“His skin graft take is a little less than what I am used to in humans,” Jones noted. “But as Dr. Hurcombe reminds me, considering his hospital bed is in a barn, he is doing very well.

“I view Northstar in the same way as I do any of my other patients. I just want him to get better and go on and live his life as a horse.”

Northstar’s owners live in northwestern Pennsylvania, where police have investigated the burning incident as a criminal case.

“All the owners want is for him to be happy, pain-free and able to live his life with his pasture mates,” Hurcombe said. “He is bright and alert, he interacts with people and he can eat and drink and do all the things that a horse can normally do as far as function. And he has been telling us through his behaviors that he wants to live. ”

News Link:http://www.newswise.com/articles/doctors-in-veterinary-human-medicine-team-to-give-burned-horse-a-second-chance?ret=/articles/list&category=medicine&page=1&search%5Bstatus%5D=3&search%5Bsort%5D=date+desc&search%5Bsection%5D=10&search%5Bhas_multimedia%5D=

Related:-https://preciousjules1985.wordpress.com/2012/09/07/pennsylvania-horse-doused-with-flammable-liquid-set-on-fire/

Related:-https://preciousjules1985.wordpress.com/2012/08/30/horse-set-ablaze-sparks-animal-cruelty-investigation/

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$5,000 Reward Offered After Kitty Found Burned In Kensington

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“My apologies for the graphic image, but this type of heinous cruelty needs to be seen by the public; so they can see what sort of monsters are out there! If you see any strange or suspicious looking behaviour, between kids or adults, messing around with animals…it could end up in a similar tragedy to this…so please stay vigilant, don’t keep quiet…if it looks & sounds wrong, it probably is wrong!!”

“WTF… seriously, if ANYONE is friends, know’s or lives with the person that did this, then I would be very worried about your own safety too! Just because you’re a friend doesn’t mean this repugnant vermin won’t turn on you!! Only the mind of a demented, deviant psychopath, could purposefully set fire to a tiny kitten. What happens when they have grown tired of inflicting pain on innocent animals, they may turn to children; anyone they can intimidate & manipulate! Could you have that on your conscience, knowing you could have stopped this sadistic bully; by just speaking up now?”

“This horrific attack happened last week, can anyone remember someone coming home; smelling of flammable liquid or who may have had burns or singe marks on their clothing or shoes…Or…perhaps someone has overheard a person boasting or bragging about setting fire to a kitten? Just remember, those who commit crimes of this nature, normally don’t stop, because of a fine or even jail!! they will soon strike again! Somebody knows who did this, please help put an end to this now. If you know anything, that may help catch the monstrosity that did this, please contact the number below!!”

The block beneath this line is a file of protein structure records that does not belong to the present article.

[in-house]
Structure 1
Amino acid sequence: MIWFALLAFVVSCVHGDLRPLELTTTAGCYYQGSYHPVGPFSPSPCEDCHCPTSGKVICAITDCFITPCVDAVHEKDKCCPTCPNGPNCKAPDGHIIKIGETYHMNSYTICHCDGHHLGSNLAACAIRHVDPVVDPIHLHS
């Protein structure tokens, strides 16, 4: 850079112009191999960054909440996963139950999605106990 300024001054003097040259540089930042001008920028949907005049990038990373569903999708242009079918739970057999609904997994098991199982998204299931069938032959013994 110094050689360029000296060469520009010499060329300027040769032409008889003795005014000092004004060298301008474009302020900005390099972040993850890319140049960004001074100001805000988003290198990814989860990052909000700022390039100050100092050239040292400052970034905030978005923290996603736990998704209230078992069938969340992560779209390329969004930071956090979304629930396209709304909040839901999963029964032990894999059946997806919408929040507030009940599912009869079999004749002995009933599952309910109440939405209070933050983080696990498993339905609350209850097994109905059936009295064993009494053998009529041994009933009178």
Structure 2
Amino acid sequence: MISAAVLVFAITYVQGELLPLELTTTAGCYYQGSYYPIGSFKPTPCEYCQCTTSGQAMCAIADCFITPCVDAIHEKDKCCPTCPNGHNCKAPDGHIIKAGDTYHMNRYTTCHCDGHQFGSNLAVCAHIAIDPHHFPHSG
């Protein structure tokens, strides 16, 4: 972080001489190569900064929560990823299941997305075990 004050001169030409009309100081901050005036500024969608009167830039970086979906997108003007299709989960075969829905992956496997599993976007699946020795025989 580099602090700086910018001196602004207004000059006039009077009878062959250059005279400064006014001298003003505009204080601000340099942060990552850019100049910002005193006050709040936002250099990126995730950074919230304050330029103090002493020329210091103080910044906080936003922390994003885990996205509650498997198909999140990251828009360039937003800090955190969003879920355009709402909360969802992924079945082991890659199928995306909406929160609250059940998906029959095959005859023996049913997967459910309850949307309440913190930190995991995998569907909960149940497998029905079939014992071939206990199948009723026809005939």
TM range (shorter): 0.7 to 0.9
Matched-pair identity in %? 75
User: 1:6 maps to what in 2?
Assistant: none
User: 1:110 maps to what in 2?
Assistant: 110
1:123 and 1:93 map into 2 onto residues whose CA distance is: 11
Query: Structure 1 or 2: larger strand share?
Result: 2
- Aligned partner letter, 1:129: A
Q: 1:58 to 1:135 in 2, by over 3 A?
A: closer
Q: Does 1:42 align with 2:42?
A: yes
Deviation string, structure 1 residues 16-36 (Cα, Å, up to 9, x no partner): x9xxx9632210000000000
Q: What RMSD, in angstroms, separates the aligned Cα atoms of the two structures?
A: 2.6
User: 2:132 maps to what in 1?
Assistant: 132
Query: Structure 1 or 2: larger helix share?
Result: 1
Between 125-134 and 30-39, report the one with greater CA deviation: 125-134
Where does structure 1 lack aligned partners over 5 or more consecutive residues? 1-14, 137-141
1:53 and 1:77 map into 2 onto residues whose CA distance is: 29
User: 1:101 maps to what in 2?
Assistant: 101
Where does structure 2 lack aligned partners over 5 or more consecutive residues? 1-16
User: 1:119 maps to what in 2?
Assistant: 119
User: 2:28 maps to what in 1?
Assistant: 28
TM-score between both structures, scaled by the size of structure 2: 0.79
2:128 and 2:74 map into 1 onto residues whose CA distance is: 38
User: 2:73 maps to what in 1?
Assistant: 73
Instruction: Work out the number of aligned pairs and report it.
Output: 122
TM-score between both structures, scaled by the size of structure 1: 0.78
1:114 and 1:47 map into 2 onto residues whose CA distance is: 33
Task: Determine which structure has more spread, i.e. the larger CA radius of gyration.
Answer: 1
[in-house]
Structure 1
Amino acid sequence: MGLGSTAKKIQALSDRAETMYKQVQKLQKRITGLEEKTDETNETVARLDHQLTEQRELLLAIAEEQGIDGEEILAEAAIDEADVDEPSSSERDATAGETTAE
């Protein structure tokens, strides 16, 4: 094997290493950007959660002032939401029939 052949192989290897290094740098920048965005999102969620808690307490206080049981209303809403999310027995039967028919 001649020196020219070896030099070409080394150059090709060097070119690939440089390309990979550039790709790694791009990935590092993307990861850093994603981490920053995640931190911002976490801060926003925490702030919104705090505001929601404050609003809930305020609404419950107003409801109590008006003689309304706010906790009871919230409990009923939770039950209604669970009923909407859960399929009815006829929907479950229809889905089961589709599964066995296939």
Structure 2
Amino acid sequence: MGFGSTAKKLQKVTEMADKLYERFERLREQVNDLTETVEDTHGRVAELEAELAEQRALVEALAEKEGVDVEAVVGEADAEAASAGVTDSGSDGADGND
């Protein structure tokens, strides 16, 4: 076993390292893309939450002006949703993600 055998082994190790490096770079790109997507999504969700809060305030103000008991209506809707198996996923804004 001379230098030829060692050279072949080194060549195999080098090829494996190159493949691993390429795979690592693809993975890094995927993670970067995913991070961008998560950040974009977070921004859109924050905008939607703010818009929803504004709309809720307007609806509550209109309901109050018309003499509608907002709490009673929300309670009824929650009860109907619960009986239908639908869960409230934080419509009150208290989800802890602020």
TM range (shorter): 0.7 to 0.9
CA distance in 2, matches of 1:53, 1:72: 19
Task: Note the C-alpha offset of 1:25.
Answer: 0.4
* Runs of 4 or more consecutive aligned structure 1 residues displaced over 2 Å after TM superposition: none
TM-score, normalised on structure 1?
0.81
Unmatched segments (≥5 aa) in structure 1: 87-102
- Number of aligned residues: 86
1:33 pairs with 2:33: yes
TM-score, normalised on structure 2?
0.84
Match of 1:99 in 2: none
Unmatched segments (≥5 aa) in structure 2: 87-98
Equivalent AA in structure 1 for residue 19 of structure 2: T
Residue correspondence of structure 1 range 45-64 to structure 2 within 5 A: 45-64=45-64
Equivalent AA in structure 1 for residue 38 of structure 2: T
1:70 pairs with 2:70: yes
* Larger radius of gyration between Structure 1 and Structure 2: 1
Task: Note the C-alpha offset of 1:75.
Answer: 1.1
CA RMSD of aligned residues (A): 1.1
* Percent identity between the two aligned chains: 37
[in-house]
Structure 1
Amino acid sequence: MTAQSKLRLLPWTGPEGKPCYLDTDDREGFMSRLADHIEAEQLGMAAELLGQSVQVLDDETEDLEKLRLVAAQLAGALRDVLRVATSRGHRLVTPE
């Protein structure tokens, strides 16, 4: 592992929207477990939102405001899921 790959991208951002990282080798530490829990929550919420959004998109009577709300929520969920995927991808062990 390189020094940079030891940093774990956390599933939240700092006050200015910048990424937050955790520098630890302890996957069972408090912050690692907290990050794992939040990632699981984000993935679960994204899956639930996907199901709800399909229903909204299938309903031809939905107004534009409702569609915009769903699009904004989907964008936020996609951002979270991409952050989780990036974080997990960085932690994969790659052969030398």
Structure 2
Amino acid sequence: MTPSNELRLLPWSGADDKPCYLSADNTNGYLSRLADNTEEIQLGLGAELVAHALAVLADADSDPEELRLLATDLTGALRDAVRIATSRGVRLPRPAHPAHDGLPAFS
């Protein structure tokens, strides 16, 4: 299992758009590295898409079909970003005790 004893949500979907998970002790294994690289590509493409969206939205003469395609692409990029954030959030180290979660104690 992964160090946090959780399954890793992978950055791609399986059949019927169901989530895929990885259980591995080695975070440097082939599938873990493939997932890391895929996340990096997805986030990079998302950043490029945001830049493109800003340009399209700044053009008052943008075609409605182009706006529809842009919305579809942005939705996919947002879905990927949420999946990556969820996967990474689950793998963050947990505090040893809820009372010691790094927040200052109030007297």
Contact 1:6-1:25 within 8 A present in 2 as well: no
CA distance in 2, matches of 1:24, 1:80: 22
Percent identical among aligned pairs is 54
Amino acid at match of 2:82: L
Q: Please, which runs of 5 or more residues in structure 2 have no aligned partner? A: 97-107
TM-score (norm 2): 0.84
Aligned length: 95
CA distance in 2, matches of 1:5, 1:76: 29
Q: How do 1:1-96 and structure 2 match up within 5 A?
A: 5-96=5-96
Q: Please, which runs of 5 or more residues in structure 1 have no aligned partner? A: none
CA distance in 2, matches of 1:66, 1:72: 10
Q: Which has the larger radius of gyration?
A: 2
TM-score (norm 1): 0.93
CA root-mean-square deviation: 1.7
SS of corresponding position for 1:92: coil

A $5,000 REWARD is being offered to help authorities catch whoever intentionally set fire to a kitten found in Kensington last week.

A woman recovered the 4- to 5-week-old male kitten last Thursday at Allegheny Avenue and F Street. Authorities said the kitten suffered burns over more than one-third of his body, with most of the burns on his head and back.

The Humane Society of the United States announced the reward yesterday, citing the “depraved act of cruelty.”

“This is the latest in a disturbing string of animals apparently being intentionally lit on fire,” Sarah Speed, Pennsylvania state director for the Humane Society, said in a statement. “This depraved act of cruelty will not be tolerated, and we hope this reward will encourage anyone with information to come forward and help bring the perpetrator to justice.”

The kitten is being treated at Crown Veterinary Hospital in Lebanon, N.J., and is expected to recover.

The Pennsylvania SPCA is investigating. Anyone with information about the case is asked to call 866- 601-SPCA (7722). – By Solomon Leach

News Link:http://www.philly.com/philly/news/20130430__5_000_reward_offered_after_kitty_found_burned_in_Kensington.html

Behind The Scenes At The SPCA: Investigating Animal Cruelty

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George Bengal of the Pennsylvania SPCA is like the Ed McMahon of animal rescues. There’s just one difference: When he comes to your door, he’s not bringing an oversized check and balloons.

“I’ve had cases where the people we’re investigating will say to me, ‘I know you, I’ve seen you on TV,” said Bengal. “And to that I say: ‘And now you’re going to be on TV with me, but it’s not for a good reason.”

As the director of humane law enforcement for the Pennsylvania SPCA, Bengal has seen everything from dog-fightingas seen in the recent Germantown case, to pet hoarding. He’s also a retired Philadelphia police officer.

With 12 humane officers on the team, the group can have a workload of 30 to 50 cases at one time. They also have the daunting task of enforcing the animal cruelty laws for 16 counties.

“People often think that we’re funded by the state because we’re enforcing state laws, but that’s not the case,” said Bengal.

His team is constantly following-up on calls and investigating animal cruelty and abuse. 

“We have a twenty-four-seven hotline,” said Bengal, “calls come in everyday and we look into each one. Every time I think I’ve seen the worst case, another one will top it,” said Bengal.

A look into the world of animal fighting

Bengal says he has seen horrific scenes of animal fighting. The fights, which are motivated by money, involve high-end betting.

“In one case, my team found half a million dollars in cash at a home,” said Bengal. “It’s a blood sport. These animals are trained to fight, even to the death.”

He says the fights attract large crowds and he’s seen over 100 people in one house. Spectators can be charged just for watching.